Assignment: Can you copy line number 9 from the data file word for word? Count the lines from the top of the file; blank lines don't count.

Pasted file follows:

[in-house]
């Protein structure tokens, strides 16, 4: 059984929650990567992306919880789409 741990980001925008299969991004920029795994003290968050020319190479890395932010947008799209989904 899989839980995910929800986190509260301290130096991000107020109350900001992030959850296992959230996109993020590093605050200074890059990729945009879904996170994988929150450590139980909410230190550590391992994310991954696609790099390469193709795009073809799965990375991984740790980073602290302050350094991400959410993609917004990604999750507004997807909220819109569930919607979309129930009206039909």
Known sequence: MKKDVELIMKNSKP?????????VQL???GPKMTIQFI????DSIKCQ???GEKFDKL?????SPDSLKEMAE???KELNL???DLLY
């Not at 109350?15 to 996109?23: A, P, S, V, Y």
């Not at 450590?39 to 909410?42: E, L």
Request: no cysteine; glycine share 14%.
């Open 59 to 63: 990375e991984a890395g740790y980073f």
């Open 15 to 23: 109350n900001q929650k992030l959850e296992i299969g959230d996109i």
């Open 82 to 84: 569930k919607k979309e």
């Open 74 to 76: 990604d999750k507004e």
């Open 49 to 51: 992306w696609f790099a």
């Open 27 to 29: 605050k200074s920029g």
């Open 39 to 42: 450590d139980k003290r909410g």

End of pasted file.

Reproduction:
């Open 82 to 84: 569930k919607k979309e």